Report Finds Recalled Products Still Pose Threat

Attorney General Spitzer today released a report concluding that hazardous items - mostly children's products - continue to be resold in thrift stores and other second-hand stores.

The report, which recommends increased public awareness through educational campaigns as well as legislative reforms, was issued after investigators shopped at 112 thrift stores in various regions of the state and found that 63 percent were selling products that have been banned or recalled, or do not meet current industry-wide safety standards.

"The resale of recalled and possibly hazardous products poses serious health and safety concerns to New York residents," Spitzer said. "It is imperative to raise consumers' and thrift store operators' awareness of these problems through public education and through new laws."

Specifically, investigators found that hazardous products were for sale in 76 percent of stores shopped in Albany; 70 percent of stores shopped in Rochester; 60 percent of stores shopped in New York City and Long Island; 63 percent of stores shopped in Buffalo; 83 percent of stores shopped in Syracuse; 100 percent of stores shopped in Westchester; 50 percent of stores shopped in Binghamton; 33 percent of stores shopped in Utica; 100 percent of stores shopped in Watertown; 50 percent of stores shopped in Plattsburgh; and 28 percent of the stores shopped in Poughkeepsie.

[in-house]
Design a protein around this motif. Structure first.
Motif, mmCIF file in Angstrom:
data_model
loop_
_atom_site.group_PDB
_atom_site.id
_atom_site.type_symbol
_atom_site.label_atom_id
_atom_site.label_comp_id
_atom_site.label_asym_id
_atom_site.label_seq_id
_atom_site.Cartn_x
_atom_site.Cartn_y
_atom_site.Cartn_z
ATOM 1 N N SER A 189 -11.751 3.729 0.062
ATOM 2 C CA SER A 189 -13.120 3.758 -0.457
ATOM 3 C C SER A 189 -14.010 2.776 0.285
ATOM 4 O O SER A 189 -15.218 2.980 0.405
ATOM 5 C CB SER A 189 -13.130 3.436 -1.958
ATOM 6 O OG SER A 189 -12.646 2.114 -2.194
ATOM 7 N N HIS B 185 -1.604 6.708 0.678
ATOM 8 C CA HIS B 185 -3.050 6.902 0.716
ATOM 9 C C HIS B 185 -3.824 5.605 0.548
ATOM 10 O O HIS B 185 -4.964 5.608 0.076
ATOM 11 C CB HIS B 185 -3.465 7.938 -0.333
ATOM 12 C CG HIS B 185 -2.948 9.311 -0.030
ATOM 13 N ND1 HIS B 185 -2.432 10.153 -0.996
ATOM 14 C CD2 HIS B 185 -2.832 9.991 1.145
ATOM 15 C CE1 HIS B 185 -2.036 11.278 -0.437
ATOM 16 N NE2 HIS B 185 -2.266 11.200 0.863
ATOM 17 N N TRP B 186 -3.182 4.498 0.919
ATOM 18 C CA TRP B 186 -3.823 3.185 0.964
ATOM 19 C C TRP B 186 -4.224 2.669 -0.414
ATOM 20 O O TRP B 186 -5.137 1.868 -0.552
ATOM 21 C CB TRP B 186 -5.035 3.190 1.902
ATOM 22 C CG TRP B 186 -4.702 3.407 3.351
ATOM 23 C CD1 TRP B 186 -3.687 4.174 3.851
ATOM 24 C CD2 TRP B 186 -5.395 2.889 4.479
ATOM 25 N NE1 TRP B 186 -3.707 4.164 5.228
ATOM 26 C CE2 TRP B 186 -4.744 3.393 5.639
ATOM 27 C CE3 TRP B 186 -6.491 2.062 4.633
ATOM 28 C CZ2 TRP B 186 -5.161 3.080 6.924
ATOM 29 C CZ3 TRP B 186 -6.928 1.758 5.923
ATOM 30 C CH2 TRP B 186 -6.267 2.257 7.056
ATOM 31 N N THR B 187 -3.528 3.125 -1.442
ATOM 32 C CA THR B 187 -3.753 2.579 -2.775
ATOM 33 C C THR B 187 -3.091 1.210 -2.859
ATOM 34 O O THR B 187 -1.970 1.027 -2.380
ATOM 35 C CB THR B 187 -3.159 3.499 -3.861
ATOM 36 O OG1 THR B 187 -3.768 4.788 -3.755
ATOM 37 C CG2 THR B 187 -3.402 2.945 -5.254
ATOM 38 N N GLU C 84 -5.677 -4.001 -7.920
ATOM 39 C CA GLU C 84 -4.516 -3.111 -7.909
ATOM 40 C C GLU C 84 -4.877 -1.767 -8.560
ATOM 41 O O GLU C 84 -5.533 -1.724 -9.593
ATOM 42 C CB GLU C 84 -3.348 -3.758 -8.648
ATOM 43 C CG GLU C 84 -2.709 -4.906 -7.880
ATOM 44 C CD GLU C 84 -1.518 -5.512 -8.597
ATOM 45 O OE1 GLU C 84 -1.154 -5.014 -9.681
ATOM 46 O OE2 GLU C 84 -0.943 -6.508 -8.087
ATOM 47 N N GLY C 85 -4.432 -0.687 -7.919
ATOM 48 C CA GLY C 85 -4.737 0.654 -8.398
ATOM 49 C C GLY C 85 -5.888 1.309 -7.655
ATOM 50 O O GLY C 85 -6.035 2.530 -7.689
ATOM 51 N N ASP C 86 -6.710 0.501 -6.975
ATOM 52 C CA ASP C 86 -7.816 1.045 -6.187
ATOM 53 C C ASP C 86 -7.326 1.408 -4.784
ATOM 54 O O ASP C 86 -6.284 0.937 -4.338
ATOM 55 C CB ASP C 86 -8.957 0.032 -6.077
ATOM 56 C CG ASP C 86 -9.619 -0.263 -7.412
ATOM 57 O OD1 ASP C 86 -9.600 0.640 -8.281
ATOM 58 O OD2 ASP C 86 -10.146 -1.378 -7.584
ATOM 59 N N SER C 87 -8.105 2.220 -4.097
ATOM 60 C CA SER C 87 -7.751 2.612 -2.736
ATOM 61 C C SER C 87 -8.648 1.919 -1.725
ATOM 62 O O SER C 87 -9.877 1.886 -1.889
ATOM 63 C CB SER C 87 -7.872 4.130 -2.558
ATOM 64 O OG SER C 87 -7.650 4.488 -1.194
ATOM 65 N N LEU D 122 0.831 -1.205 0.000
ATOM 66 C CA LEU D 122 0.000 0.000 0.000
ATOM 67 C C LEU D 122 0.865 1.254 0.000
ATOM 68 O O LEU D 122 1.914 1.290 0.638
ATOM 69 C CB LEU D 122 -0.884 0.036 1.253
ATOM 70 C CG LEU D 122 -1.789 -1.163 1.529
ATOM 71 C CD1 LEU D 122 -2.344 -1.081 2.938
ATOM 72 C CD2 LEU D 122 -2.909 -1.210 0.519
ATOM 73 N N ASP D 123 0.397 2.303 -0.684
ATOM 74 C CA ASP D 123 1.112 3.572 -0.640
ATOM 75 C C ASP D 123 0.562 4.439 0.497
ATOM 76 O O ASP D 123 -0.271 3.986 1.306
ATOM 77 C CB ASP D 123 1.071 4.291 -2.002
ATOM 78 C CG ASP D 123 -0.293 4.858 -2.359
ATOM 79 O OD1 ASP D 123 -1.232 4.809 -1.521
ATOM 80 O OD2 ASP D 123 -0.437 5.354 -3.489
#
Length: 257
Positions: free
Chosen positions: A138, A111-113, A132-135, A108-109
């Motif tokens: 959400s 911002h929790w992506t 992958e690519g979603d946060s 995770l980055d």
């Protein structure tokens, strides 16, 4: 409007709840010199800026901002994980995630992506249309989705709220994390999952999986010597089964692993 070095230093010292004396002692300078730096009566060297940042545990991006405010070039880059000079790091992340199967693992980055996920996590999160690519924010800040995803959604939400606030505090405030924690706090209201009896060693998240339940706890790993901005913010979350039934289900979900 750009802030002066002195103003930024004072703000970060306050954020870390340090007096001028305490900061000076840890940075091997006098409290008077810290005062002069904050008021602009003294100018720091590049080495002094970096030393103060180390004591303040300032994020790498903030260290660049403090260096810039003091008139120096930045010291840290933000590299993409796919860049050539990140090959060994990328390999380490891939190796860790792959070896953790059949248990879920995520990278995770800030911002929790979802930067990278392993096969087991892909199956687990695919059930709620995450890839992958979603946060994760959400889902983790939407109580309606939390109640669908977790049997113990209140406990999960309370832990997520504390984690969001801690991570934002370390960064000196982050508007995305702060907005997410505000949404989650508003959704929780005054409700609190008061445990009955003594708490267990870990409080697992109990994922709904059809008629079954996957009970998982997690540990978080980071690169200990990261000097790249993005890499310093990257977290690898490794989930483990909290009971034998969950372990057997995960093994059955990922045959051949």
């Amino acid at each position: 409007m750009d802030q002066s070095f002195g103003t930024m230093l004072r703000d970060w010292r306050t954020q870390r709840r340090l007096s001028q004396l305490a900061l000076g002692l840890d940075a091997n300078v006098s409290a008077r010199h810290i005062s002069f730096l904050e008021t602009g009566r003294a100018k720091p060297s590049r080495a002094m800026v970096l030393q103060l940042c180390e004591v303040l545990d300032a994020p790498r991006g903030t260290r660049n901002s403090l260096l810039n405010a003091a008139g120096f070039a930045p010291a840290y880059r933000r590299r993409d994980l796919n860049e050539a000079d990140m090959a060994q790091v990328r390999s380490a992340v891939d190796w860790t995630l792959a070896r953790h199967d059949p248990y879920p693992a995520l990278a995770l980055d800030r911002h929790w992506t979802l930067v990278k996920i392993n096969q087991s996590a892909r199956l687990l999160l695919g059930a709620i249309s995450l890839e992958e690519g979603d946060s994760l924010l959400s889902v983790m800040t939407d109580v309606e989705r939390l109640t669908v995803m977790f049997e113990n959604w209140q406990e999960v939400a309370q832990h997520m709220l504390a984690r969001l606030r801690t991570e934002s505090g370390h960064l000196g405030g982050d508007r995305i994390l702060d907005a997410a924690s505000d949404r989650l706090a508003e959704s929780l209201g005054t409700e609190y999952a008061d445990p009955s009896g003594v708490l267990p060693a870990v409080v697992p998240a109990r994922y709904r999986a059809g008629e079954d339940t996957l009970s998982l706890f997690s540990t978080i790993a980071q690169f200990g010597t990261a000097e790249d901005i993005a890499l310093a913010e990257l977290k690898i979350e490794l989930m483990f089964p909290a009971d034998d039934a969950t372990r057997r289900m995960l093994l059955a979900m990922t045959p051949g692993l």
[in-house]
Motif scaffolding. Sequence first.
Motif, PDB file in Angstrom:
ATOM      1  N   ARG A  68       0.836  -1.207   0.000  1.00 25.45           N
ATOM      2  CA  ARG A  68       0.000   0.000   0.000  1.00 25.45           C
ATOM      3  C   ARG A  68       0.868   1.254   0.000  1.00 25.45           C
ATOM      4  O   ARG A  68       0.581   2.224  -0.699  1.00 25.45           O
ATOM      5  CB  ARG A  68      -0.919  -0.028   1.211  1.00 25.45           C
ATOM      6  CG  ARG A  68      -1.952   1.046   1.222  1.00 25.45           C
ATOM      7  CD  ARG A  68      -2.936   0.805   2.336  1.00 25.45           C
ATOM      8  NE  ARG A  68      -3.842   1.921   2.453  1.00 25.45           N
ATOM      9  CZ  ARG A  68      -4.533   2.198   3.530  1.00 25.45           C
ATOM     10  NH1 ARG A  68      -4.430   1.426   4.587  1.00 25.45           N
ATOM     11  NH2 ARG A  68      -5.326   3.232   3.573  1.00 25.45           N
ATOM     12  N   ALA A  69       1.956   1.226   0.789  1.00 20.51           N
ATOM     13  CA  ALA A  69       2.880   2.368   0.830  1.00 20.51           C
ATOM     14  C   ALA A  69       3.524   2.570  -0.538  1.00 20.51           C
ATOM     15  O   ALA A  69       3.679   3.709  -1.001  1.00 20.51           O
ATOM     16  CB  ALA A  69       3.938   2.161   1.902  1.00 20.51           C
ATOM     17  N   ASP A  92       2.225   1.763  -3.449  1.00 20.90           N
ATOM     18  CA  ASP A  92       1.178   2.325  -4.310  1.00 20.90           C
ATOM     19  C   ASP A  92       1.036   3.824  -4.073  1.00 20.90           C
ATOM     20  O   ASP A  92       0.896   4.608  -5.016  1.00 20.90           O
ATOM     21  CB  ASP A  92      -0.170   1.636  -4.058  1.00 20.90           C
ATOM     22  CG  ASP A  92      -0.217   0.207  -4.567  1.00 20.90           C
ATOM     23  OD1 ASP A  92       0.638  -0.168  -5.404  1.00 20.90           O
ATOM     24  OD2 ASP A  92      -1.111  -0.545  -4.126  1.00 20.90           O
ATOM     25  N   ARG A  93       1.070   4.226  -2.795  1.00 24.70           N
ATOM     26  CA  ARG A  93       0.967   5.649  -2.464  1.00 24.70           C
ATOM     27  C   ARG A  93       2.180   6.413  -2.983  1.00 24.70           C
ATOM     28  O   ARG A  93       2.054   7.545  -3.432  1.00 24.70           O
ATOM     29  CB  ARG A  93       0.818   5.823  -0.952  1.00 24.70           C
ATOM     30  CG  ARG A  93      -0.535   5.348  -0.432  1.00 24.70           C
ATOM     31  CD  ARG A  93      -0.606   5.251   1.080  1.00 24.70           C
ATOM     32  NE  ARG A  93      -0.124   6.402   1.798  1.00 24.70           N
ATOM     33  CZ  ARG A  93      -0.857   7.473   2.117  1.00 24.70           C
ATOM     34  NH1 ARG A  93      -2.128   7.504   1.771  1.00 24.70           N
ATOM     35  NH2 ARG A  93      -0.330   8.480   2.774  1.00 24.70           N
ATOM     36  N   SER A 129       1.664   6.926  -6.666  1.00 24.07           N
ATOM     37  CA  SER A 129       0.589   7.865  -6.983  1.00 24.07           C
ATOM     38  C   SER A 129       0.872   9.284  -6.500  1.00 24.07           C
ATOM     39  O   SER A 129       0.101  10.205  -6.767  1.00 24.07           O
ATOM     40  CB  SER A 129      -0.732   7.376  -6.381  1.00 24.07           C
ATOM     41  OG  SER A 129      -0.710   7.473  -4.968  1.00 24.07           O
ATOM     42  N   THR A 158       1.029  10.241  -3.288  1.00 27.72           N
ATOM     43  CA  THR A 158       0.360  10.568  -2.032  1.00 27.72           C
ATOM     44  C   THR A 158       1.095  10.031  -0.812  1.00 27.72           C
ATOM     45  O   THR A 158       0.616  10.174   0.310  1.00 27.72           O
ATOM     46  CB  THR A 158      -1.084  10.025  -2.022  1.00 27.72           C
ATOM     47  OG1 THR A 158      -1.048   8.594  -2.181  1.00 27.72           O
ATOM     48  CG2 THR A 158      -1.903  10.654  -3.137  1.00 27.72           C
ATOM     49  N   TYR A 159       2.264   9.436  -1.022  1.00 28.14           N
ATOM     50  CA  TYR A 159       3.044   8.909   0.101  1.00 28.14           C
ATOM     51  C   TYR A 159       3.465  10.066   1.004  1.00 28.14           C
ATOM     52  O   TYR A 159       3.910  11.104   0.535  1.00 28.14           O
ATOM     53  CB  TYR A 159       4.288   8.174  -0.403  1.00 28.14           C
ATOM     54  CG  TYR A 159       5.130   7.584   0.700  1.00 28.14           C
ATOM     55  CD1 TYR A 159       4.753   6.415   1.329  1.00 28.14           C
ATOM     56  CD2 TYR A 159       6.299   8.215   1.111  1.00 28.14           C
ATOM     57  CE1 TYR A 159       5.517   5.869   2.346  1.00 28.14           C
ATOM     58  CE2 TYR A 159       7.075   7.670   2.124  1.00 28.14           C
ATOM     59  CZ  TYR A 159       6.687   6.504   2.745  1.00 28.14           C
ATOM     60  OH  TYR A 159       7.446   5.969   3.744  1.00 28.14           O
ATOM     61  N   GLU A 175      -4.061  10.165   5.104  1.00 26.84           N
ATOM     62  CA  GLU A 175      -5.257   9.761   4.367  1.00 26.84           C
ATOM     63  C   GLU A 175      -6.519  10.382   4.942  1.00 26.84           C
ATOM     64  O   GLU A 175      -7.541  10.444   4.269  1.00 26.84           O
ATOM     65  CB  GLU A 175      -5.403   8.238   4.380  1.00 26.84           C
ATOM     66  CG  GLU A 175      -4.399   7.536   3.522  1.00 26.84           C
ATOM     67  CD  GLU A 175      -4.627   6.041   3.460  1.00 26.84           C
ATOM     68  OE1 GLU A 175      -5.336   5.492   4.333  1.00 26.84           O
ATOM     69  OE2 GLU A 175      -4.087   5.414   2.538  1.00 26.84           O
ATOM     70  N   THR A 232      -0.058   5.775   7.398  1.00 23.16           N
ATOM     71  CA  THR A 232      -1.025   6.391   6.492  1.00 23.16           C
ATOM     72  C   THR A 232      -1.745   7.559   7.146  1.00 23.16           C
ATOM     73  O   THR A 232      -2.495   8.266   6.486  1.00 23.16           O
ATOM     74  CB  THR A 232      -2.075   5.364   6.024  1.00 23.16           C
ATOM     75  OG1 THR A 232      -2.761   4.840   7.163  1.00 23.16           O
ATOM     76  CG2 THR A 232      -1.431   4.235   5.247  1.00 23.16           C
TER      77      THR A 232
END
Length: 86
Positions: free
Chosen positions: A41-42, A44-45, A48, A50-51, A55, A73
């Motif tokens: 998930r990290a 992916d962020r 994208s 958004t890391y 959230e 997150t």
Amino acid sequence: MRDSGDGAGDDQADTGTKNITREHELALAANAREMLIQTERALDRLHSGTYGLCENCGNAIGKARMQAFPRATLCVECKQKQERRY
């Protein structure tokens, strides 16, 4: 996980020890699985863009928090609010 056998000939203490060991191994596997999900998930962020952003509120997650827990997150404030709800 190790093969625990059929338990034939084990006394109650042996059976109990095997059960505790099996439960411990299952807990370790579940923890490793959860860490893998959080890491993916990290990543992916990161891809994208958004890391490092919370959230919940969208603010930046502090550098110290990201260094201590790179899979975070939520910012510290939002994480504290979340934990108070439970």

By and large, investigators found hazardous infant and children's products on sale at thrift stores. Drawstring clothing, which has been associated with at least 22 deaths and 48 non-fatal injuries nationally, was the item most frequently found in thrift stores. Children's drawstring clothing has effectively been banned by voluntary industry standards since 1997, and its sale is now prohibited by state law in New York. Other hazardous items found for sale in thrift stores included:

  • cribs and playpens that fail to comply with safety standards;

  • recalled infants swings, carriers and car seats;

  • infant walkers that don't comply with industry standards;

  • bean bag chairs that lack warning labels and have pellets that can be ingested and cause asphyxiation in children;

  • infant bath seats and bath rings that lack warning labels;

  • hair dryers that lacked immersion protection devices to guard against electrocution; and

  • halogen lamps that have been recalled or violate industry standards due to fire hazards.

These very products - although still available in thrift stores - have accounted for nearly 500 deaths, mostly of children, tens of thousands of injuries and dozens of house fires nationally.

Spitzer's office commenced an investigation following a critical report issued by the U.S. Consumer Product Safety Commission that determined that 69 percent of second-hand stores throughout the country were selling hazardous products. Investigators from the Attorney General's office then set out to determine whether the problem persisted in New York State and found that it did.